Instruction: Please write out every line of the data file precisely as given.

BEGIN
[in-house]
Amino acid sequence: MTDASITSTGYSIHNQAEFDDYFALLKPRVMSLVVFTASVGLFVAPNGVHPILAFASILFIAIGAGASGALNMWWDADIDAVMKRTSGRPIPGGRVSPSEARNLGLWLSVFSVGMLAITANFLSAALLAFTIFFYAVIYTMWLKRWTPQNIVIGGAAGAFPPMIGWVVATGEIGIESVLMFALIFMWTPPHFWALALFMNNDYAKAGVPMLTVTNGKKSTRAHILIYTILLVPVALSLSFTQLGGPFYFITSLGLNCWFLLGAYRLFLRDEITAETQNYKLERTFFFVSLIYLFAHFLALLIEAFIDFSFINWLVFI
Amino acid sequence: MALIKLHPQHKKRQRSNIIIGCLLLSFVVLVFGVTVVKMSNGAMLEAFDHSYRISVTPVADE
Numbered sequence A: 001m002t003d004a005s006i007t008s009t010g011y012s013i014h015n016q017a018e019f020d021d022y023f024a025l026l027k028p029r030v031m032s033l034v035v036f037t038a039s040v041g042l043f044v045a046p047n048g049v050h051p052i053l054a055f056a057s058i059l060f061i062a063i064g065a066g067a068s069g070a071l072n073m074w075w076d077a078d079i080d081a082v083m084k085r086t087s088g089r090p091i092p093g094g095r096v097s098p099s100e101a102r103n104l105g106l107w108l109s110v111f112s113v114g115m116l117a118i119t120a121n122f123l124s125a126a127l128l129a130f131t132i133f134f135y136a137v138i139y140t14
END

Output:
[in-house]
Amino acid sequence: MTDASITSTGYSIHNQAEFDDYFALLKPRVMSLVVFTASVGLFVAPNGVHPILAFASILFIAIGAGASGALNMWWDADIDAVMKRTSGRPIPGGRVSPSEARNLGLWLSVFSVGMLAITANFLSAALLAFTIFFYAVIYTMWLKRWTPQNIVIGGAAGAFPPMIGWVVATGEIGIESVLMFALIFMWTPPHFWALALFMNNDYAKAGVPMLTVTNGKKSTRAHILIYTILLVPVALSLSFTQLGGPFYFITSLGLNCWFLLGAYRLFLRDEITAETQNYKLERTFFFVSLIYLFAHFLALLIEAFIDFSFINWLVFI
Amino acid sequence: MALIKLHPQHKKRQRSNIIIGCLLLSFVVLVFGVTVVKMSNGAMLEAFDHSYRISVTPVADE
Numbered sequence A: 001m002t003d004a005s006i007t008s009t010g011y012s013i014h015n016q017a018e019f020d021d022y023f024a025l026l027k028p029r030v031m032s033l034v035v036f037t038a039s040v041g042l043f044v045a046p047n048g049v050h051p052i053l054a055f056a057s058i059l060f061i062a063i064g065a066g067a068s069g070a071l072n073m074w075w076d077a078d079i080d081a082v083m084k085r086t087s088g089r090p091i092p093g094g095r096v097s098p099s100e101a102r103n104l105g106l107w108l109s110v111f112s113v114g115m116l117a118i119t120a121n122f123l124s125a126a127l128l129a130f131t132i133f134f135y136a137v138i139y140t14